British PM challenges Brexit supporters to admit risks
Prime Minister David Cameron on Sunday challenged supporters of a British exit from the European Union to admit the risks involved, as the battle for votes stepped up ahead of the June referendum.
In an article for the Sunday Telegraph, a newspaper close to his Conservative party, Cameron warned that gaps in the case for a Brexit made it the "gamble of the century".
"When the people campaigning for 'out' are asked to set out a vision outside the European Union, they become extremely vague," the prime minister wrote.
"It's simply not good enough to assert everything will be all right when jobs and our country's future are at stake."
Cameron dismissed suggestions that Britain could still have access to the EU single market while opting out of the free movement of people.
He questioned what would happen to European security cooperation, and challenged the idea that Britain would have more influence on the world stage if it went it alone.
"There is no doubt in my mind that the only certainty of exit is uncertainty; that leaving Europe is fraught with risk," he wrote.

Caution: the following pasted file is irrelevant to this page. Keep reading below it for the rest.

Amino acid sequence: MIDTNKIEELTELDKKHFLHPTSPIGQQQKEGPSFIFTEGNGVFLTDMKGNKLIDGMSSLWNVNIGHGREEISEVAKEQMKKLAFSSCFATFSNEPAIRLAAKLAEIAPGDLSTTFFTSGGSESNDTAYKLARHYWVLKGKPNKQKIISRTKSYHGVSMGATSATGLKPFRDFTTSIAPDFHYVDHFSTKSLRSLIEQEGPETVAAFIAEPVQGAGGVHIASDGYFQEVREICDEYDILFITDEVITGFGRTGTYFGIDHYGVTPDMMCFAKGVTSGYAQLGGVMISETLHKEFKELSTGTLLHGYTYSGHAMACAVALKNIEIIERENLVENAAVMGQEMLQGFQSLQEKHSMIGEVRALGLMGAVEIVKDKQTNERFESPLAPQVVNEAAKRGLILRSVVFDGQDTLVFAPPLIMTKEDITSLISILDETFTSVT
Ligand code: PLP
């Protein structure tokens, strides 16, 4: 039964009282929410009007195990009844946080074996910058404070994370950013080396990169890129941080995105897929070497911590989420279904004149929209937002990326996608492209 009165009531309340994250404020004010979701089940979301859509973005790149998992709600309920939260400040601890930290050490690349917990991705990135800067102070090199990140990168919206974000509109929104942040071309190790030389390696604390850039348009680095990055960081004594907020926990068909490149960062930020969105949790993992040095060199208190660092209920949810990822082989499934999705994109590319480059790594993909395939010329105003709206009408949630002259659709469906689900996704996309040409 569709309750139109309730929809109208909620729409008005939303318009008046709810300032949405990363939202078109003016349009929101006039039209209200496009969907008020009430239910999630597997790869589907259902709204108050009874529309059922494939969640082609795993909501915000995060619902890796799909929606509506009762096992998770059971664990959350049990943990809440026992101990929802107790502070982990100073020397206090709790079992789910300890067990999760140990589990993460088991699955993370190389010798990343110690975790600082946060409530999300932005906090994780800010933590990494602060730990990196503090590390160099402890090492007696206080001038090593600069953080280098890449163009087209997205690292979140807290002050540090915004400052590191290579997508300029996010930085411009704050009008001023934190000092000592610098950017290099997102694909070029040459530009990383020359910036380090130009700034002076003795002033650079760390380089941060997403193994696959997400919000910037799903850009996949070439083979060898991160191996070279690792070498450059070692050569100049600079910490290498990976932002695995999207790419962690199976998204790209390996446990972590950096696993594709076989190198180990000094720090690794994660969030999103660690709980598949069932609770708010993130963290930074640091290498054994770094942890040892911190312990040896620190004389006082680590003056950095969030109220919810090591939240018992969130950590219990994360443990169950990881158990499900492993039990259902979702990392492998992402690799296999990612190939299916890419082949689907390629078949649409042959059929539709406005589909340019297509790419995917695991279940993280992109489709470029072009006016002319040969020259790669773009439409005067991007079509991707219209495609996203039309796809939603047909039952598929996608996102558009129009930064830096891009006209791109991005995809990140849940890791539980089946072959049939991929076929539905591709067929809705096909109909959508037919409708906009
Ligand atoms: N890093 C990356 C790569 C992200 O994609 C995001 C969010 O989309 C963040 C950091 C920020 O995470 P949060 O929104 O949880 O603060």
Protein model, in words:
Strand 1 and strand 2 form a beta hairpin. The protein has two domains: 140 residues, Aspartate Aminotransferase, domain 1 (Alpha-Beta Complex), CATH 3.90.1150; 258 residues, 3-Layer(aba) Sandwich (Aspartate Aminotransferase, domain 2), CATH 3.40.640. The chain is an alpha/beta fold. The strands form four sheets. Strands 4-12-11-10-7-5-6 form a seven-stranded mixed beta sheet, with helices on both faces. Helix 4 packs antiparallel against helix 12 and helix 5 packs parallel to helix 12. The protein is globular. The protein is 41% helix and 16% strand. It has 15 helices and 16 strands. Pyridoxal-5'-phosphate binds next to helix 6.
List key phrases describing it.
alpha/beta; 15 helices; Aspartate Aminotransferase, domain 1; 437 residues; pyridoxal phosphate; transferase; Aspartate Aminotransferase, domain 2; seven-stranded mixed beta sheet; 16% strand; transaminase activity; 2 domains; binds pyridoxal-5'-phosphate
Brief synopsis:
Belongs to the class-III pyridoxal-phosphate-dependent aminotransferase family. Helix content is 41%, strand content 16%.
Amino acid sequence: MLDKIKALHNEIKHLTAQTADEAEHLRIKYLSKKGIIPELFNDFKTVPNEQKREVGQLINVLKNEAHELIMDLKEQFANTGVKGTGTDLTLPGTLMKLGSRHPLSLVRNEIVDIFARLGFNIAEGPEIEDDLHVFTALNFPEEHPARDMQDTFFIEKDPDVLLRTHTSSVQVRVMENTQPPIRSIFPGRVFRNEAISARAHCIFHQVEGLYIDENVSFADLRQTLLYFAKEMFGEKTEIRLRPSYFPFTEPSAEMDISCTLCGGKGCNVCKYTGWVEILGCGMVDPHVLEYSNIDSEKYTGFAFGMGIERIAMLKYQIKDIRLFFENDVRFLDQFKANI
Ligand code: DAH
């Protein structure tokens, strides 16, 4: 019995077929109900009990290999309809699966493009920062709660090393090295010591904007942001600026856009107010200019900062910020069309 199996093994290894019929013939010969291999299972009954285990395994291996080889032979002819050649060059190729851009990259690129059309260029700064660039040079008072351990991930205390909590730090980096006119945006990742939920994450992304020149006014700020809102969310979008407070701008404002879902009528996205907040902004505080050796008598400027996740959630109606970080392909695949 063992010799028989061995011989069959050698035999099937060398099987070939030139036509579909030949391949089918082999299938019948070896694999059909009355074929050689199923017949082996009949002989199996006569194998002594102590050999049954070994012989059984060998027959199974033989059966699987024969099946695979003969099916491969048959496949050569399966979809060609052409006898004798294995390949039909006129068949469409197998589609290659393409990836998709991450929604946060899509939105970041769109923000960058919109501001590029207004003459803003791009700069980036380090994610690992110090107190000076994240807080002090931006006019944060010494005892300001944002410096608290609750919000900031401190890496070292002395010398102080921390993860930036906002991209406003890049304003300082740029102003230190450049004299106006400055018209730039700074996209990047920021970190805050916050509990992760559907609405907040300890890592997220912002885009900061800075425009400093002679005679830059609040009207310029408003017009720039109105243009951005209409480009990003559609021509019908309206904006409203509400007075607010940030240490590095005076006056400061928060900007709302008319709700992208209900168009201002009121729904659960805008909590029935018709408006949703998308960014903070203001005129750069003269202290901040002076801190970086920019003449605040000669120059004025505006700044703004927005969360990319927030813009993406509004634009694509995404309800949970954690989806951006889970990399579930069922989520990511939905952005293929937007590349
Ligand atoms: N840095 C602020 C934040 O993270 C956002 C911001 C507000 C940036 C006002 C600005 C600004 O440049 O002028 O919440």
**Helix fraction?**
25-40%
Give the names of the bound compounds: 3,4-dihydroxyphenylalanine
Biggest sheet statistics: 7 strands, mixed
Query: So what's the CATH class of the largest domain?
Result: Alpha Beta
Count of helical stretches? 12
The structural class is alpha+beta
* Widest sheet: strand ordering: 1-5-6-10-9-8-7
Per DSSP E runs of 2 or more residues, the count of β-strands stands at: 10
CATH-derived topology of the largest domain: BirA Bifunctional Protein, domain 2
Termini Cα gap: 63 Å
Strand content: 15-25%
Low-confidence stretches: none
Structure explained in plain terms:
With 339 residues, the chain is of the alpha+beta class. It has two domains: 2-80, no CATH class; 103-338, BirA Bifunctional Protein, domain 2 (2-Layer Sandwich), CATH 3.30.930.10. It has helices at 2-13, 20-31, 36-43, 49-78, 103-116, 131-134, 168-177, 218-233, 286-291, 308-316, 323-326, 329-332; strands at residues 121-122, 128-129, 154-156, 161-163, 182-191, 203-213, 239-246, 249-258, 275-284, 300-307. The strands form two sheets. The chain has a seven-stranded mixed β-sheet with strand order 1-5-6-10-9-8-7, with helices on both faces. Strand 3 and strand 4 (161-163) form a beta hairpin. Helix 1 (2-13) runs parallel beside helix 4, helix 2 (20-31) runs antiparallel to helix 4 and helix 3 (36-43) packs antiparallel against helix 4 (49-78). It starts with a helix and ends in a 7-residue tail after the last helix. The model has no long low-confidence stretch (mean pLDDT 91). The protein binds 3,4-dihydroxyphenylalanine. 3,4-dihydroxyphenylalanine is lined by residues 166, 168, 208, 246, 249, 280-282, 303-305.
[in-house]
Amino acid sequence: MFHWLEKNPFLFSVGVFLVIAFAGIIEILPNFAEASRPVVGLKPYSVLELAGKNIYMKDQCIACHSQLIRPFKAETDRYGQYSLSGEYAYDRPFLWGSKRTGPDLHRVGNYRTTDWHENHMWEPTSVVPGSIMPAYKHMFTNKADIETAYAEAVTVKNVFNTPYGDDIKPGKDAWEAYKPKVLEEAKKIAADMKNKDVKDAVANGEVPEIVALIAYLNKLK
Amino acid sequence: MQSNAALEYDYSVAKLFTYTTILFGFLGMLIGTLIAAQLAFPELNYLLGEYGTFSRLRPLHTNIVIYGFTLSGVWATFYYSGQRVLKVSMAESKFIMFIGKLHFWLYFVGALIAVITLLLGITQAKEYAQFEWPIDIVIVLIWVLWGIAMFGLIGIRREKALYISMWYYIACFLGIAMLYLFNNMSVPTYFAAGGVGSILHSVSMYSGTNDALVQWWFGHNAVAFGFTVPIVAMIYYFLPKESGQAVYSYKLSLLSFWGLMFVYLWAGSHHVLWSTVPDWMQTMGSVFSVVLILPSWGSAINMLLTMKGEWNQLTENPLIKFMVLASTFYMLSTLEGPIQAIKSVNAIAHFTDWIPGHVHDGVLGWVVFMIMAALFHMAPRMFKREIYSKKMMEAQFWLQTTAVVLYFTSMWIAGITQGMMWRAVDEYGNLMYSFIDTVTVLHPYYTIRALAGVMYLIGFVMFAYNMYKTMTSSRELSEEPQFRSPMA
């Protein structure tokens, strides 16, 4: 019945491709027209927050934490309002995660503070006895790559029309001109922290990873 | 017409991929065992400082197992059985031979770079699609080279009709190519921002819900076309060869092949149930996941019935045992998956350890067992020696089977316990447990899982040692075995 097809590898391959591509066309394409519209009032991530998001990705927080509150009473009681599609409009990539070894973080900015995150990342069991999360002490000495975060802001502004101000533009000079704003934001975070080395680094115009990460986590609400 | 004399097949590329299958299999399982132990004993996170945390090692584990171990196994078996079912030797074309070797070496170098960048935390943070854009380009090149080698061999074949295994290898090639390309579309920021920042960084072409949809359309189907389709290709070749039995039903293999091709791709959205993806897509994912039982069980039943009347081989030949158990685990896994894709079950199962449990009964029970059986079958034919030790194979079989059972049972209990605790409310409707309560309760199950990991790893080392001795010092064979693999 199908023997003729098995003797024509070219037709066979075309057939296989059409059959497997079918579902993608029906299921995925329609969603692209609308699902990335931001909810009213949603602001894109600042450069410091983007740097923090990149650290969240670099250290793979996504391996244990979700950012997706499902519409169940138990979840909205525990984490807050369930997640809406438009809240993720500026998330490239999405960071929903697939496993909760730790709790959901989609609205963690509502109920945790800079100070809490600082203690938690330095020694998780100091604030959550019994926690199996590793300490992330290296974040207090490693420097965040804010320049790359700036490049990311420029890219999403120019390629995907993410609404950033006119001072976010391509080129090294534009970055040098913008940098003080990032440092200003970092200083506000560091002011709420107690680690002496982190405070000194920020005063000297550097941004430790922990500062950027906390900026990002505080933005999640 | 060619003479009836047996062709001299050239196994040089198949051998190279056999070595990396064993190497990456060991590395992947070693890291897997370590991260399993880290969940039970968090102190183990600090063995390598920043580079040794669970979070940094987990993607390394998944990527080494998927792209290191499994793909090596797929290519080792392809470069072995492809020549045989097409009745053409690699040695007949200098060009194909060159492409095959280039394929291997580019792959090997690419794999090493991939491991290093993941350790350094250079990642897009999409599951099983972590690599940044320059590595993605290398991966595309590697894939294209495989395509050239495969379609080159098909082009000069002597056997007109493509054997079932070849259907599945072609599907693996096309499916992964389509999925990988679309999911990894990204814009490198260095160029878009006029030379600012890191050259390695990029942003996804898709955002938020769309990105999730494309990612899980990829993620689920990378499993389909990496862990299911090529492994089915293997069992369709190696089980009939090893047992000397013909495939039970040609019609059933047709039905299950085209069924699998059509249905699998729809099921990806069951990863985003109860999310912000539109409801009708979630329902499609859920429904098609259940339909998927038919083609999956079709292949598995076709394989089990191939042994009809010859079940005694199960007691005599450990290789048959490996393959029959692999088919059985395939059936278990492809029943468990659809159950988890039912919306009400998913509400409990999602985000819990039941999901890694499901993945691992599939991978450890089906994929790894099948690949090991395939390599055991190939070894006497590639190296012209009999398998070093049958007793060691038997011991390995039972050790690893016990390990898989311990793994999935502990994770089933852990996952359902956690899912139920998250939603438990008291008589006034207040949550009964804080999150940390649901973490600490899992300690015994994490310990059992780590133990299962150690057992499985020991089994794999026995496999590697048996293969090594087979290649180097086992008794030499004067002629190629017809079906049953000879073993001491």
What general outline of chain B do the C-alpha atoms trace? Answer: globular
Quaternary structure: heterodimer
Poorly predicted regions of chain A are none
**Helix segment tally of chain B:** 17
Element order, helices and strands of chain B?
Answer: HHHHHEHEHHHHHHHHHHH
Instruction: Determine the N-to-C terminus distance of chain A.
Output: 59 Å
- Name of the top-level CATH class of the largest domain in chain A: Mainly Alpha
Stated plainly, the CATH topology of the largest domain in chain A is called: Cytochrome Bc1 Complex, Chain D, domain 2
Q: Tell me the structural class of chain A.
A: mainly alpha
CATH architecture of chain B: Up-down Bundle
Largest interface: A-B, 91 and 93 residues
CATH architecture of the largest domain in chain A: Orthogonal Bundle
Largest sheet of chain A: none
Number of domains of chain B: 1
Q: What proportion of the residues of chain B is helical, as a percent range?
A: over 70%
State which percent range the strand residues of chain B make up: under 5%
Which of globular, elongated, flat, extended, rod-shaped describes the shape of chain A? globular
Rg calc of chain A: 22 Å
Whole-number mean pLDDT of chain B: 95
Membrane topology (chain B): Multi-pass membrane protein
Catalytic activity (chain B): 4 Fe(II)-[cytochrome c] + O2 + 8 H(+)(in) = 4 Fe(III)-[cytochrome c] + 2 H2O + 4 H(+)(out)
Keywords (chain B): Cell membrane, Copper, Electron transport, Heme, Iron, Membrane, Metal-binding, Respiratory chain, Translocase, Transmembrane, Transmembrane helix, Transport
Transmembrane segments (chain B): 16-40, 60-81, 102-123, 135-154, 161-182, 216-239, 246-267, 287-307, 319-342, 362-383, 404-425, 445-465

The article is one of numerous interventions on the EU in the weekend's newspapers, as the key players step up their efforts to woo a divided public ahead of the June 23 vote.
Cameron is also trying to persuade members of his Conservative party. Six senior ministers are backing a Brexit, along with significant numbers of Tory MPs.
In a boost for Cameron's case, G20 finance ministers warned that a Brexit would be a "shock" that ranks among rising downside risks and vulnerabilities for the world economy.
But on Saturday, mayor of London Boris Johnson, a long-term rival to the prime minister who is leading the Brexit campaign, said the "Remain" camp was exaggerating the risks.
"I will do my absolute best to dismiss Project Fear, which I think is nonsense. Britain could have a really great future, with a more dynamic economy and a happier population," Johnson told The Times newspaper.